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RE: Language ranges with more than two sub-tag

From: Phillips, Addison <addison@lab126.com>
Date: Fri, 1 Mar 2013 08:59:53 -0800
To: Marcos Caceres <w3c@marcosc.com>, "www-international@w3.org" <www-international@w3.org>
Message-ID: <131F80DEA635F044946897AFDA9AC34773AB02C638@EX-SEA31-D.ant.amazon.com>
Hello Marcos,

First the question (which, although Martin has provided some answers, I want to reiterate): language tags (and thus language ranges) with more than two subtags are not uncommon. BCP 47 was designed to allow for a variety of different uses for subtags, not the least of which are script subtags such as the ones Martin cited in his reply. In addition to Chinese, several other languages have script variations, with different kinds of script variation. For example, Serbian can be written in either Latin or Cyrillic script.

If Firefox OS works as described, it would create problems with organizing localized materials for languages that use multiple scripts. There can only be one set of resources, for example, that inhabit "zh"---they can be either Traditional Chinese or Simplified Chinese, but cannot effectively be both.

Another use of additional subtags are for variants and a number of variants have been registered for specific purposes in the last few years. There are other articles about language tag choice on the W3C-I18N site. See [1][2] (and I'm sure you can find more).

But the biggest contributors to additional subtags are the two extensions that have been created. One is for transliterations and transformations (which may be of interest to an application). The other is for locale identifiers (which is obviously of interest to an application!). In addition, JavaScript itself now has a locale model (which includes locale negotiation) and I would most definitely recommend that you look closely at it. It incorporates the locale extension. See Norbert's note on this list for a link to the most recent version: [3]. It would make the most sense for locale-selection and language-negotiation to work in lockstep, especially as browser vendors are working on implementations.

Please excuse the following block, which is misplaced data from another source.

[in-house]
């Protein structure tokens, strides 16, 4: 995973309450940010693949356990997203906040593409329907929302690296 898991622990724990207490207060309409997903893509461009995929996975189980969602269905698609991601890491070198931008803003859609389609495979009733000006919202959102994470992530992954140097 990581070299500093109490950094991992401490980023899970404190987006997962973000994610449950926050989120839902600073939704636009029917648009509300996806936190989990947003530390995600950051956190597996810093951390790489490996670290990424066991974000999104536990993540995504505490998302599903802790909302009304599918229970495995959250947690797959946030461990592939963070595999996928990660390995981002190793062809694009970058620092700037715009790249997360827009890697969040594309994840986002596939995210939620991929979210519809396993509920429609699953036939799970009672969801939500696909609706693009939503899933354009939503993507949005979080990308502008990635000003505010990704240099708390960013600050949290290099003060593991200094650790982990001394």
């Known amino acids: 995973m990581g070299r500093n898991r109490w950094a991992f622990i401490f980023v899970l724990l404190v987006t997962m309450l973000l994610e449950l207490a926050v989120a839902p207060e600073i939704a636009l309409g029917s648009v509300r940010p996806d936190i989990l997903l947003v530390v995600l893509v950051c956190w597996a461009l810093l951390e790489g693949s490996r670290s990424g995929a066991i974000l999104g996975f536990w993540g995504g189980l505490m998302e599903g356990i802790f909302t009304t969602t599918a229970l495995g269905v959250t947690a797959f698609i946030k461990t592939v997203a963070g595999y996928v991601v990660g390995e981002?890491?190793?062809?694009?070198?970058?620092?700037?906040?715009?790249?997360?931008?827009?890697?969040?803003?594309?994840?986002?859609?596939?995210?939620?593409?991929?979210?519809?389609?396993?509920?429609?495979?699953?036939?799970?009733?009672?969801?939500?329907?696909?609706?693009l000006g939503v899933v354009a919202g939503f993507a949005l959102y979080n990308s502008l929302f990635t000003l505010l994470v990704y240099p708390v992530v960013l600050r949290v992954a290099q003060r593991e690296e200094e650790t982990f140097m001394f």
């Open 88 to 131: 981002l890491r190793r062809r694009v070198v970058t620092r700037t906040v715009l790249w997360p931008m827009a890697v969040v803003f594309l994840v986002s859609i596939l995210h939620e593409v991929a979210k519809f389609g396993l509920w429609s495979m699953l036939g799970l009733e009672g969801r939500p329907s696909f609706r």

Addison Phillips
Globalization Architect (Lab126)
Chair (W3C I18N WG)

Internationalization is not a feature.
It is an architecture.

[1] http://www.w3.org/International/questions/qa-choosing-language-tags

[2] http://www.w3.org/International/articles/language-tags/ 
[3] http://lists.w3.org/Archives/Public/www-international/2013JanMar/0304.html 

> -----Original Message-----
> From: Marcos Caceres [mailto:w3c@marcosc.com]
> Sent: Friday, March 01, 2013 12:47 AM
> To: www-international@w3.org
> Subject: Language ranges with more than two sub-tag
> Hi Internationalization WG,
> Quick question: how common are language ranges with more than two sub-
> tags (as used in user agents on the Web)? I'm wondering what the particular
> locales (language, countries, regions) are where these ranges are commonly
> used (if any)?
> I've been through "Setting language preferences in a browser" [1], which only
> speaks of language ranges that contain two sub tags. I've also tried doing my
> own testing on various user agents and system settings can can only find the
> "language-COUNTRY" convention, but not any with three sub tags.
> The reason for the question is that the SysApp's working group is currently
> working on a manifest format for web applications (based on the upcoming
> Firefox OS), and it needs to define an internationalization model. Firefox OS
> currently checks for localised content based on a complete language range
> (e.g., "en-US") and, if it can't find any matching content, it simply takes the
> language part of the language range (i.e., "en") and uses that to try to find
> matching content. This means that if there are any commonly used language
> ranges with three or more sub tags, matching could potentially be done
> incorrectly.
> See [2] for a list of use cases/examples.
> Kind regards,
> Marcos
> [1] http://www.w3.org/International/questions/qa-lang-priorities.en.php

> [2] https://gist.github.com/marcoscaceres/5055717

> --
> Marcos Caceres
> http://datadriven.com.au


Received on Friday, 1 March 2013 17:00:41 UTC

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